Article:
B1059. ARIANNA STASSINOPOULOS. Maria Callas: the Woman Behind the Legend. New York, Simon & Schuster, 1981. 383pp. Index; Photos; DJ. - 0-671-25583-5
“At least two music critics and the authors of two earlier biographies about Maria Callas, the tempestuous singer who died in 1977, have charged that parts of a recent best-selling biography, MARIA CALLAS by Arianna Stassinopoulos, have been taken directly from those earlier biographies - a charge that Miss Stassinopoulos and her publisher, Simon & Schuster, vehemently deny.
In a review of the Stassinopoulos book in the July issue of MUSICAL AMERICA, Patrick J. Smith, the publication's book review editor, maintained that ‘swatches’ of four chapters of the Stassinopoulos book about the height of Callas's operatic career, ‘are taken directly, word for word, from Gerald Fitzgerald's chapter in his and John Ardoin's book CALLAS, and other swatches are but slightly paraphrased’. The reviewer added, ‘Similarly, portions of Henry Wisneski's book MARIA CALLAS are taken over with minimal change’. Lloyd Schwartz, classical-music editor for THE BOSTON PHOENIX, has written an article for the September issue of THE ATLANTIC MONTHLY calling attention to purported similarities and parallels between the Stassinopoulos book and earlier books about the singer. Mr. Schwartz explained the other day that while reading the Stassinopoulos book, the phrasing in the descriptions of many of Callas's performances ‘began to ring a bell’. At that point, he checked back into THE CALLAS LEGACY, a discography by John Ardoin, and found that some of the phrasing ‘was identical’.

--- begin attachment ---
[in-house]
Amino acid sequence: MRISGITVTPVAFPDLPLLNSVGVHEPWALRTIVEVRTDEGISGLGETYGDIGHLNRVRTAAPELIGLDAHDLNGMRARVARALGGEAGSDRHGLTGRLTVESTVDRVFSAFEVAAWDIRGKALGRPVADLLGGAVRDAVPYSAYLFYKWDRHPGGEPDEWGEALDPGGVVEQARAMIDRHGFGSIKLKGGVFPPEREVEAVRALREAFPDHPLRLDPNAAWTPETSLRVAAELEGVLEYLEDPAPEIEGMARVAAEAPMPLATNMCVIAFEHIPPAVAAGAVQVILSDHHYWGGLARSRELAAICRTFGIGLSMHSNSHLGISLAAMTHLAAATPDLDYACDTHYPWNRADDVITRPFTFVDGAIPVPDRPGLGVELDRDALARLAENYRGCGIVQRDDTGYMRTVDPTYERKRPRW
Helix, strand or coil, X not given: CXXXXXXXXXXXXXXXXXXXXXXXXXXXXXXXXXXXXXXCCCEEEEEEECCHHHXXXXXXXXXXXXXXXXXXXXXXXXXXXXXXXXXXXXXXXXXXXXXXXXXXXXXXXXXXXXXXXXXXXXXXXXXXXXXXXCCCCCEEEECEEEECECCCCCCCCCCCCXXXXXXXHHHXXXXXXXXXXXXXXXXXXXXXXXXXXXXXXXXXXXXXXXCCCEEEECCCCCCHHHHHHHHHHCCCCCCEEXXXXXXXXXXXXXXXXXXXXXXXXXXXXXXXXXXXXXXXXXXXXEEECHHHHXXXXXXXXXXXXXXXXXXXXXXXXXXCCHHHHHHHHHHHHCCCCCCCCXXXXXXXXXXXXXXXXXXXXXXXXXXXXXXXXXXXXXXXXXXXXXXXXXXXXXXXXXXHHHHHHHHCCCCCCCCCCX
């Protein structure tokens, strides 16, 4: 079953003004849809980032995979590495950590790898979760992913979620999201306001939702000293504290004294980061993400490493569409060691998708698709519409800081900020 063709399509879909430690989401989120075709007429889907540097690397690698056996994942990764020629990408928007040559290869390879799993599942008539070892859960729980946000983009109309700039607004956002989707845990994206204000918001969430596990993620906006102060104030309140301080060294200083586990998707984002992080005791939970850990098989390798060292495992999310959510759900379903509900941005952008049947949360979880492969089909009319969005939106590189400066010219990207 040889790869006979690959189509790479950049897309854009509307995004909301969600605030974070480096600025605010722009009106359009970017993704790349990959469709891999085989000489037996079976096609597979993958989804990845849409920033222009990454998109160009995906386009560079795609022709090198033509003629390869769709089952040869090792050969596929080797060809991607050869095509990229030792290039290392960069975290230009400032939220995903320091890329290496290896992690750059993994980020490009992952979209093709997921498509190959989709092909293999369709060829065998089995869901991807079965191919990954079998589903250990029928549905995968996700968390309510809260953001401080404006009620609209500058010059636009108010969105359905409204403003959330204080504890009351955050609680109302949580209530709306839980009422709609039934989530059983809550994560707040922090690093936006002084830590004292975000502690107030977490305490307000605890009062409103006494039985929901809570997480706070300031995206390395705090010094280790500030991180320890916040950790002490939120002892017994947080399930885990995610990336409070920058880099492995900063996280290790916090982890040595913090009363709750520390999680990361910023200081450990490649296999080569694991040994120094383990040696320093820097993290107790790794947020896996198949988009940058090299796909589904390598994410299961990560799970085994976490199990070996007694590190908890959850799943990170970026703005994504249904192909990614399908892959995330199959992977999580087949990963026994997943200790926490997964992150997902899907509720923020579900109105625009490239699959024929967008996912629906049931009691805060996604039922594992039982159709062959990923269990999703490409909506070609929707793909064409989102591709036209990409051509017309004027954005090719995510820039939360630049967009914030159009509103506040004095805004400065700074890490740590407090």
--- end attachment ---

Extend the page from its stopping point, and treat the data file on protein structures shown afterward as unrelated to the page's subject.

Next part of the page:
‘She did lift from my book’, Mr. Wisneski said, but he added that he does not consider it plagiarism - all the critics have avoided using the word plagiarism - because it was not extensive. 'All books are based sometimes on somebody else's work’, Mr. Wisneski said.
The Stassinopoulos book includes more than eight pages of source notes at the back, providing references to books, magazine articles and interviews. But Mr. Smith wrote that in none of the chapter sources, as opposed to the general bibliography, are the Ardoin-Fitzgerald and Wisneski books cited. 'Insofar as the quoted interviews are concerned, therefore, time and again Stassinopoulos has given the impression that she herself interviewed the figures concerned, when in fact the quotes are lifted directly from Fitzgerald's chapter, and left uncredited’, Mr. Smith wrote.
Discussing the charges, Miss Stassinopoulos said: ‘People can make allegations right and center, but I can assure you there is not a single sentence word for word that I have lifted from any book. These are serious allegations coming from interested parties, especially when my book is a best seller’. She ascribed the criticism 'to disappointment by authors whose books on Callas did not do as well’.''
- Edwin Mcdowell, THE NEW YORK TIMES, 31 July, 1981
“A thorough exploration of the personal life and professional career of the controversial soprano draws on her private letters, her personal tapes, and dozens of interviews to relate her triumphs, battles, passions, and failures. Arianna Stassinopoulos Huffington was accused of plagiarism for copying material for her book Maria Callas (1981); the claims were settled out of court in 1981, with Callas' biographer Gerald Fitzgerald being paid ‘in the low five figures’.”
- Zillah D. Akron